On The Radar
Wireless technology can help breast surgeons operate quickly and with more precision
Even if a breast abnormality is plain as day on a mammogram, that alone cannot ensure the most precise path to removal by a surgeon. For this purpose, the radiologist would need to complete a breast needle localization. In the past, this meant a thread-like wire being inserted into the breast through a needle during a mammogram or ultrasound. The wire is placed close to area of concern and the surgeon uses it as a guide for removing the tissue. Now, like many things in life, the process has gone wireless.
This development is one that Catherine A. Ronaghan, MD, FACS, Medical Director of Telfair Breast Surgery at St. Joseph’s/Candler, finds quite exciting.
“Basically, there is a tiny, non-toxic radar clip, called the SCOUT radar, that is placed by the radiologist when an area in the breast or under the arm needs to be localized for surgical removal,” Dr. Ronaghan says. “There is no radiation involved. The clip emits a tiny radar signal. We have a radar detector in the OR, which allows us to precisely localize the area we need to remove.”
The clip is smaller than a grain of rice, but with the radar detector, the breast surgeon can find it quickly, often through a smaller incision with the potential of disturbing less tissue. This is possible even after neoadjuvant chemotherapy (meaning chemotherapy before surgery), allowing removal of tissue in the breast or lymph nodes in the underarm area, which are “different” after neoadjuvant chemotherapy.
“It’s faster and more precise,” Dr. Ronaghan says. “Which means less operative time and a potential lower incidence of lymphedema.”
As well, Dr. Ronaghan notes that this wireless technology is utilized for benign or pre-cancerous areas in the breast which cannot be felt on physical exam.
More new therapies and advanced technologies for breast care are on the horizon, which is why Dr. Ronaghan was thrilled to join a medical community in Savannah that is already robust and forward-looking. She came to Telfair Breast Surgery as Medical Director in February of this year.
“Cancer care is collaborative,” she says. “You’ve got multiple people, from the mammography technologist to the nurse navigator, and multiple physicians involved. It takes an absolute village. Luckily for patients in this region, that team was already here. That level of excellence was already here.”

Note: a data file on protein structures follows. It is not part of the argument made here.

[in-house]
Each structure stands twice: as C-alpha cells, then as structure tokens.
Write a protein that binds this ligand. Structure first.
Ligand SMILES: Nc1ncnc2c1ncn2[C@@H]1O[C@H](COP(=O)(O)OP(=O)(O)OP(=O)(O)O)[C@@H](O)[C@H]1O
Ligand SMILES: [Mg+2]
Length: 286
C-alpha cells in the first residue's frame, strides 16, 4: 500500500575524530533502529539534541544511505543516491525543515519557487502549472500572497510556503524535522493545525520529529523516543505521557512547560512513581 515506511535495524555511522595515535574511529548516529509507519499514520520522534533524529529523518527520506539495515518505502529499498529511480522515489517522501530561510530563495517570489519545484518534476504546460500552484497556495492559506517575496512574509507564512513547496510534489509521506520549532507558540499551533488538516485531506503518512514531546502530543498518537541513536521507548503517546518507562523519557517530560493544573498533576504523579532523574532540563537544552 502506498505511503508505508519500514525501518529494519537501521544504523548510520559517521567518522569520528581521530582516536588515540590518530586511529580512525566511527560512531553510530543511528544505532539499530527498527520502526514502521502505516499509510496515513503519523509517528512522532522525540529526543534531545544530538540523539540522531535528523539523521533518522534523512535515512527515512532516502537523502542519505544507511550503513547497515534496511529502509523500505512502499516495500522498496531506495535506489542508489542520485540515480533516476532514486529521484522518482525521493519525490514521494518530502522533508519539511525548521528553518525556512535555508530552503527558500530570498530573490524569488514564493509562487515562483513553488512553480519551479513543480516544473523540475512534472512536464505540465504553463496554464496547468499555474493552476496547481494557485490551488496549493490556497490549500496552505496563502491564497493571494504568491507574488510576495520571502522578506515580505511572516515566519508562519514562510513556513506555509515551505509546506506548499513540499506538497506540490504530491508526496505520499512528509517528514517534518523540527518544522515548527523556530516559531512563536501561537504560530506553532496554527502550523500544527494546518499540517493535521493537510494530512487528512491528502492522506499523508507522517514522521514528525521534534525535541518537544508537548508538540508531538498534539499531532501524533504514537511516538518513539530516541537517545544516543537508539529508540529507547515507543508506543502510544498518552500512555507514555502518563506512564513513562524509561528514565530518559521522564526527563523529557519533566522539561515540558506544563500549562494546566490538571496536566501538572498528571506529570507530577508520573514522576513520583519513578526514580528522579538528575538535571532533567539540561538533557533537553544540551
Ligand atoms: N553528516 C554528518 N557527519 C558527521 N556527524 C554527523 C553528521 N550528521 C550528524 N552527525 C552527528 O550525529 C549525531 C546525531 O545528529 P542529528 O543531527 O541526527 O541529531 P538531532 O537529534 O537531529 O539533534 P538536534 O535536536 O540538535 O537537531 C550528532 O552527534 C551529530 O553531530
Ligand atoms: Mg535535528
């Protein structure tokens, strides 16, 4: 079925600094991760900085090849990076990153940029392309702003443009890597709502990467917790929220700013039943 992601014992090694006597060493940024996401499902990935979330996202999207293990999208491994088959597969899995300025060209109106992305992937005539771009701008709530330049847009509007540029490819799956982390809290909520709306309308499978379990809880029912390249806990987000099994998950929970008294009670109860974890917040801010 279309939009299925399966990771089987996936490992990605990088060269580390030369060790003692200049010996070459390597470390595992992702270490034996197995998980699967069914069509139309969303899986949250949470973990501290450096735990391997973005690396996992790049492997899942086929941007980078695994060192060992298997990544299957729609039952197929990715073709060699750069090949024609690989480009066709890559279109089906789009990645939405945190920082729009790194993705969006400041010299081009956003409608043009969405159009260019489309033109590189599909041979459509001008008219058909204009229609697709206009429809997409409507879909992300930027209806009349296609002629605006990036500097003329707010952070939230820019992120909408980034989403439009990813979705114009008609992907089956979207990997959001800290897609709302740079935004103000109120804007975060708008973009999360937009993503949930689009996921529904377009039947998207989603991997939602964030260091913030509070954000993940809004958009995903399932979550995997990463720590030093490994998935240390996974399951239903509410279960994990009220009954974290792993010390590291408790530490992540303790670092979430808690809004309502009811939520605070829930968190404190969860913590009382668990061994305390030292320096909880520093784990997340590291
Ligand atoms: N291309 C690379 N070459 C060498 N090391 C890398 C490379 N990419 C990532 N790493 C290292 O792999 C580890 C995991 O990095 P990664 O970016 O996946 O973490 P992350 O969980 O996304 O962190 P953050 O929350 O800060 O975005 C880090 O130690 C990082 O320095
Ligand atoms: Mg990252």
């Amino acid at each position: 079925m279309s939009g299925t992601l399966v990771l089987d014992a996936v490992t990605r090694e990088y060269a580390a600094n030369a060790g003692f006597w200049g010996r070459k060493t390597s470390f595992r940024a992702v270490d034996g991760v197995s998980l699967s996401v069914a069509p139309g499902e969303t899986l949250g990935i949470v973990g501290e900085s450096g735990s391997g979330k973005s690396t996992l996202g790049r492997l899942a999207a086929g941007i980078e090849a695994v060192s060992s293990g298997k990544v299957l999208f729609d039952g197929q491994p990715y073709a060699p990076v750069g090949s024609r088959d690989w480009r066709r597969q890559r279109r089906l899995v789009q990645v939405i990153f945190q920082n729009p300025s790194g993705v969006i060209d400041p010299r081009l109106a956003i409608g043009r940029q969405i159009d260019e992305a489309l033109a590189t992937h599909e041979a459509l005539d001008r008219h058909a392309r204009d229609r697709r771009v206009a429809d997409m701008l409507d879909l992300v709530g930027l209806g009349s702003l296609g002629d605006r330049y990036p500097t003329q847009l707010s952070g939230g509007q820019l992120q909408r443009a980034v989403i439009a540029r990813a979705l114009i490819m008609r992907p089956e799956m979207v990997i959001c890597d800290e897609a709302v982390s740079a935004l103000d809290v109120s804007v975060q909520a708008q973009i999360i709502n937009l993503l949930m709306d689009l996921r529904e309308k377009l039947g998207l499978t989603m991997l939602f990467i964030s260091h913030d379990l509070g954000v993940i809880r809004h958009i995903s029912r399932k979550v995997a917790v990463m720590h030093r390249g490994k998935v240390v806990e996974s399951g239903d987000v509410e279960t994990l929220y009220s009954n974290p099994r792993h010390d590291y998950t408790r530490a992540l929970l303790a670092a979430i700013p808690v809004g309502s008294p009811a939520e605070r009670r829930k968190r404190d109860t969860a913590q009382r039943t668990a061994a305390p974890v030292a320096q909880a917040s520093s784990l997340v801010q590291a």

Dr. Ronaghan extends praise to surgeon Susan Mahany, MD, whose recent retirement allowed her to come to Savannah and continue offering comprehensive women’s cancer care. Dr. Ronaghan’s arrival was part of a plan of her old friend, the late Wm. Edward Richards, MD, who was a gynecologic oncologist and Medical Director of the Nancy N. and J.C. Lewis Cancer & Research Pavilion at St. Joseph’s/Candler (LCRP).
Telfair Breast Surgery is part of the LCRP, which maintains a multidisciplinary team approach and a full range of medical services to promote continuity of care for women with diseases of the breast. One aspect of the LCRP that compelled Dr. Ronaghan early on was its inclusion in the Georgia NCI Community Oncology Research Program developed by the National Cancer Institute (NCI). “Clinical research is important to me, and the research that the LCRP is already doing with NCI is really exciting,” she says.
Meant To Be
Developing a comprehensive Women’s Oncology program had been a dream of Drs. Richards and Ronaghan since working together for a number of years in Lubbock, TX. When Dr. Richards became the Medical Director of the LCRP, he asked Dr. Ronaghan to take a look at Savannah. Then, once she was ready to take the plunge, she—like so many other friends, family, and colleagues—was blindsided by Dr. Richards’ sudden death in 2021.
But the door to Savannah—and Telfair Breast Surgery at St. Joseph’s/Candler—remained open. Dr. Ronaghan quickly realized that the move was, in fact, meant to be. “I absolutely love it,” she says. “I am here by God’s will and grace.”
Along with her focus on surgical and technological advances, Dr. Ronaghan strives to emulate the strong compassion that she has found among her colleagues and co-workers in Savannah.
“Everyone has their own daily struggles,” Dr. Ronaghan says. “Trying to minimize time away from work and family is important. I have a newfound appreciation for travel times in this region, with so many rivers, marshes and islands that one must navigate, especially now with much higher gas prices. You’ve got to meet people where they are, and everyone here understands that. There is so much love and caring from top to bottom here. It’s amazing!”
Telfair Breast Surgery is located near the Telfair Pavilion at the Candler Hospital campus in Savannah. To make an appointment or to speak with a nurse navigator, call 912-819-7630. Or learn more online here.